Extremely long sautoirs were the iconic necklace in the 1920s and often featured a tassel or geometric pendant. Long strands of beads and pearls were knotted carelessly around the neck and worn down the front or back to punctuate the styling of the dress. Pearl necklaces, complementary to the wearer’s skin, were considered appropriate for day and evening wear. Shorter necklaces often featured gemstone beads or alternating diamonds and carved gemstones, terminating in a plaque shaped pendant, often detachable for use as a brooch or bangle decoration. Multi-strand graduated pearl or gem bead necklaces with diamond or gem plaques on either side created a festoon effect. Magnificent bib necklaces featuring large rubies, sapphires, emeralds, and diamonds replaced the simple diamond riviere.
Pendants, constructed in a wide variety of geometric shapes, were probably the quintessential Art Deco jewelry item. The bijoutiers-joailliers created elongated geometric shapes covered in diamonds and colored stones, featuring zigzag and step motifs along with influences of Chinese, Egyptian and Indian cultures. Tassels and fringe often swung from the bottom of pendants from this period. These sensational pendants dangled from chains (that featured pearls and gemstones) or from silk cords, at a variety of lengths directly complimenting the short tubular dresses.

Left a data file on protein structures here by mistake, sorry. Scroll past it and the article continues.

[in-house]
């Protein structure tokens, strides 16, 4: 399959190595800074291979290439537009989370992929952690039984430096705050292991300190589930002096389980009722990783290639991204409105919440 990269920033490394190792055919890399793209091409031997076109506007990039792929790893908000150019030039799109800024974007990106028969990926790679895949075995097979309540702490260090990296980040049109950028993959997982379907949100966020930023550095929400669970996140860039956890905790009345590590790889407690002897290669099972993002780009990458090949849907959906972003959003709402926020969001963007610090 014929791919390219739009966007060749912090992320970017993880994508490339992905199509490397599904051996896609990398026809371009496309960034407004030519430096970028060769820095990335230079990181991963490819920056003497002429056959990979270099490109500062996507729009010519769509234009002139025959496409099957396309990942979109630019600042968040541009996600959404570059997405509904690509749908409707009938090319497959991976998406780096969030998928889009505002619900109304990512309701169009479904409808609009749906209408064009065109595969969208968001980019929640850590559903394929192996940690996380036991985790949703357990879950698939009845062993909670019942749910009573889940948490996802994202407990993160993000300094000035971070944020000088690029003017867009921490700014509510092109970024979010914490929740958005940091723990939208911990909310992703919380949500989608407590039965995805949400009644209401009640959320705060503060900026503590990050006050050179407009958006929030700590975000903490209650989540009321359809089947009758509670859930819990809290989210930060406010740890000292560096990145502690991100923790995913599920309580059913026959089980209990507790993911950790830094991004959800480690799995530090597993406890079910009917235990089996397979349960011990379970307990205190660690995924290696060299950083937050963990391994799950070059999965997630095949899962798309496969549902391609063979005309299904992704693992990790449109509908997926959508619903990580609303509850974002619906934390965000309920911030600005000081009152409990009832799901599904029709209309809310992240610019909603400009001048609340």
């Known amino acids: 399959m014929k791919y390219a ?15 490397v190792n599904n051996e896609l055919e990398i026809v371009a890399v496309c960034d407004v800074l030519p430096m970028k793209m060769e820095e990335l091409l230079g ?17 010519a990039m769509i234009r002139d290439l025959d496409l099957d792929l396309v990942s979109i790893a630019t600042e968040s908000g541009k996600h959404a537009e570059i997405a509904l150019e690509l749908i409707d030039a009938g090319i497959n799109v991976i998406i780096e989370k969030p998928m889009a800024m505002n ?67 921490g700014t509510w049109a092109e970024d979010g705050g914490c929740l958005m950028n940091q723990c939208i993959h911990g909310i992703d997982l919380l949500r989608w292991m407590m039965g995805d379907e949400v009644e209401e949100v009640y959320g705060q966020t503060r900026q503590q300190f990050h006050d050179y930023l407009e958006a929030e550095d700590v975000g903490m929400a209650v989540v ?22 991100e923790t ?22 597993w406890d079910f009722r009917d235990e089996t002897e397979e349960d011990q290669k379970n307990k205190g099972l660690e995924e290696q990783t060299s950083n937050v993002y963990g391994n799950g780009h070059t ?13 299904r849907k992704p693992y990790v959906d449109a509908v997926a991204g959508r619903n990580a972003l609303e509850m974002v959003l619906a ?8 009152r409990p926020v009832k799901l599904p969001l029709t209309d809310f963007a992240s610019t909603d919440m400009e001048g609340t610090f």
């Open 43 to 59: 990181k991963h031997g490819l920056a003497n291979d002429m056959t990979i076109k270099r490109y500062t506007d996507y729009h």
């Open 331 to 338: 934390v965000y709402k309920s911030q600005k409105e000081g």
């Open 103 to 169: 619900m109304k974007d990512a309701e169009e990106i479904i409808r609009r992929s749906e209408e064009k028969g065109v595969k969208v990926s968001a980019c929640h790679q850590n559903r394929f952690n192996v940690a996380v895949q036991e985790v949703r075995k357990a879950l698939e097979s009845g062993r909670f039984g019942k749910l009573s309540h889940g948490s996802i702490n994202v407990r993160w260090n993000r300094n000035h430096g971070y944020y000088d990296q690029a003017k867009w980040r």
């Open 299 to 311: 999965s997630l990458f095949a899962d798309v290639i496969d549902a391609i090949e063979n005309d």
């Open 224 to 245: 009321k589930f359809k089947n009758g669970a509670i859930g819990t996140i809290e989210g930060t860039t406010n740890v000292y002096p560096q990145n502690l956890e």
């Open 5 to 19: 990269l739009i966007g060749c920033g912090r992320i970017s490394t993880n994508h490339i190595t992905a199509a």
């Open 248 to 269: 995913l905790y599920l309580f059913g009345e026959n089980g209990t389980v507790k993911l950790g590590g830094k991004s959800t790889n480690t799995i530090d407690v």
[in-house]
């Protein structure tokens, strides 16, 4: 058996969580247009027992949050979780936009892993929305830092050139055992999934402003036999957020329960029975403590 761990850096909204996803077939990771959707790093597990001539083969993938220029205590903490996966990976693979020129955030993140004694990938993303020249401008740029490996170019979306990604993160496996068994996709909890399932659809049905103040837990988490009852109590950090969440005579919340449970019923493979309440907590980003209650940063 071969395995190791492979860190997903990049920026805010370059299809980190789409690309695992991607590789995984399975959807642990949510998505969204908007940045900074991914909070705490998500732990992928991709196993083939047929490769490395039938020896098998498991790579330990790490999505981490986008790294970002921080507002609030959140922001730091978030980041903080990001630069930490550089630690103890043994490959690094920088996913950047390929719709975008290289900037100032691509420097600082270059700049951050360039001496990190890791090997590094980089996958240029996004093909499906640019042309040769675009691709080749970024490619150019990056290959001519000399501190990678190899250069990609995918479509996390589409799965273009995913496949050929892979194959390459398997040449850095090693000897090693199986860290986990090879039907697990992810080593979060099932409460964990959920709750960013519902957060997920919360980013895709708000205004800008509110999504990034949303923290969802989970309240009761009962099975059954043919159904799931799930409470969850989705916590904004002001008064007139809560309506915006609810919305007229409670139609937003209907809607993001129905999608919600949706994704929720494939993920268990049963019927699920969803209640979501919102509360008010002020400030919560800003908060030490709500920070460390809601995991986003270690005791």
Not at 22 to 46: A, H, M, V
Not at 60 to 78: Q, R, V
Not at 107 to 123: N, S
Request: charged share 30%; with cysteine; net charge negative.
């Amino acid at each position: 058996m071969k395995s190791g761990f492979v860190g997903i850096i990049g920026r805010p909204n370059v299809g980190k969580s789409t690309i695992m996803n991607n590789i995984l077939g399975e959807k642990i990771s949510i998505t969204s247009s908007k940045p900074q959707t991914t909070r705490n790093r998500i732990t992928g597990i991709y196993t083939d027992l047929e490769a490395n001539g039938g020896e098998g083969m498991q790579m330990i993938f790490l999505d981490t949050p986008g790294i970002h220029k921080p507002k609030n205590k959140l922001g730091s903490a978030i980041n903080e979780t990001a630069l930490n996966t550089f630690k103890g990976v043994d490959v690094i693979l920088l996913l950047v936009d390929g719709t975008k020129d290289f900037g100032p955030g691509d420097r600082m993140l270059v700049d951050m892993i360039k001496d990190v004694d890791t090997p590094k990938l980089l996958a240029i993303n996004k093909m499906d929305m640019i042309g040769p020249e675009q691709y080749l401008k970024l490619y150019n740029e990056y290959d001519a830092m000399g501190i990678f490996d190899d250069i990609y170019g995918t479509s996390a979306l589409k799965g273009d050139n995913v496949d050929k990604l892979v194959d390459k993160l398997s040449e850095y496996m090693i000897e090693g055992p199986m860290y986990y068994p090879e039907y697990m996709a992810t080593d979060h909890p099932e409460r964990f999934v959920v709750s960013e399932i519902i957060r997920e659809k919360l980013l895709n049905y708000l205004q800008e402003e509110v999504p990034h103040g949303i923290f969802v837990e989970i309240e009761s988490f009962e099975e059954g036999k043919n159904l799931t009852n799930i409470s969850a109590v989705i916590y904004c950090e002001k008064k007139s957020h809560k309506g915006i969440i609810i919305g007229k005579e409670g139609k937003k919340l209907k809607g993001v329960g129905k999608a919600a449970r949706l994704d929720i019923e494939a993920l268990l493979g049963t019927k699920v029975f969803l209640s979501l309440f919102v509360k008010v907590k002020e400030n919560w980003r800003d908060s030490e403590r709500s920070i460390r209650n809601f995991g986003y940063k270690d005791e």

Larger more massive rings were the style of the day with platforms and planes decorated by a myriad of gemstones. They often centered a colored stone cut en cabochon, or a large diamond, surrounded by a border of smaller diamonds. Large emerald cut diamond rings and extreme step cut colored stones, such as emerald and aquamarine, were popularized during the late 1920’s and early 1930’s. Alternative materials such as ivory and rock crystal, from which to fashion a shank, were popular and were often gem-set, frosted and carved.